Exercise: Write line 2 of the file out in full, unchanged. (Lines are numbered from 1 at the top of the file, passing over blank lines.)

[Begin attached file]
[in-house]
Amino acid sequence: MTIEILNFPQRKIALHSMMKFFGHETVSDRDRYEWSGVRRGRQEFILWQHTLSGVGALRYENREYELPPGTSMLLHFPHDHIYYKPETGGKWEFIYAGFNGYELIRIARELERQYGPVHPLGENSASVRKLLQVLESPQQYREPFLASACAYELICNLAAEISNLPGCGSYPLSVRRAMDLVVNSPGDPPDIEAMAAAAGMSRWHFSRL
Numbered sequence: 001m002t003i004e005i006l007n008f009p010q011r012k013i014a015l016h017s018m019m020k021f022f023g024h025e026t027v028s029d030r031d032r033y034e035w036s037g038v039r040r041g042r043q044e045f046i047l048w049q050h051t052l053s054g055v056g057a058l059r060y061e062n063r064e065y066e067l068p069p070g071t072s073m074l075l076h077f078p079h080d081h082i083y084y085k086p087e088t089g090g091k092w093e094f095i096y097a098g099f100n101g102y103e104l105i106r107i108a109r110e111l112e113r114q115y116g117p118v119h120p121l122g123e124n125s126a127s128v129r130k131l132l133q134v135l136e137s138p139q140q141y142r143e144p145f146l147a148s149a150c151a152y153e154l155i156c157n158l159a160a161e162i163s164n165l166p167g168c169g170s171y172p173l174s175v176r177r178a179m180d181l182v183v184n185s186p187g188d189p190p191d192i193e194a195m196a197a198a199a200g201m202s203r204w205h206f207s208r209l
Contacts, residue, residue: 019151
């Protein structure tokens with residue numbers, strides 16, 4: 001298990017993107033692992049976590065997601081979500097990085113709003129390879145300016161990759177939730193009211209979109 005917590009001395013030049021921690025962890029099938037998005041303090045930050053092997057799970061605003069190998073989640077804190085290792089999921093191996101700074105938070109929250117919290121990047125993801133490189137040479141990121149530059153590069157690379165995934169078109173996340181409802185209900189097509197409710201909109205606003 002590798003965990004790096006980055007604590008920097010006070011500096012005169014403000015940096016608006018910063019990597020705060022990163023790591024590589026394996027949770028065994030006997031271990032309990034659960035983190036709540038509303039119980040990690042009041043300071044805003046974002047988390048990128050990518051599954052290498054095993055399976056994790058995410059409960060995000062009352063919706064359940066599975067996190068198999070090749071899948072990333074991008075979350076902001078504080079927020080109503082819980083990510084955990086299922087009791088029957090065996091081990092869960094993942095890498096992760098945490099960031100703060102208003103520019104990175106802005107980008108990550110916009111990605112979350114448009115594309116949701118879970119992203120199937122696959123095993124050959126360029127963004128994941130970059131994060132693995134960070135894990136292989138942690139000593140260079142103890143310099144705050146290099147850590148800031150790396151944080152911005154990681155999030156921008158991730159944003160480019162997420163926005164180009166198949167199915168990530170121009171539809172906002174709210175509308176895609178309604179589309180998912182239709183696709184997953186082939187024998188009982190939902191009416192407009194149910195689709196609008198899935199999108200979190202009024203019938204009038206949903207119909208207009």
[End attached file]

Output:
Amino acid sequence: MTIEILNFPQRKIALHSMMKFFGHETVSDRDRYEWSGVRRGRQEFILWQHTLSGVGALRYENREYELPPGTSMLLHFPHDHIYYKPETGGKWEFIYAGFNGYELIRIARELERQYGPVHPLGENSASVRKLLQVLESPQQYREPFLASACAYELICNLAAEISNLPGCGSYPLSVRRAMDLVVNSPGDPPDIEAMAAAAGMSRWHFSRL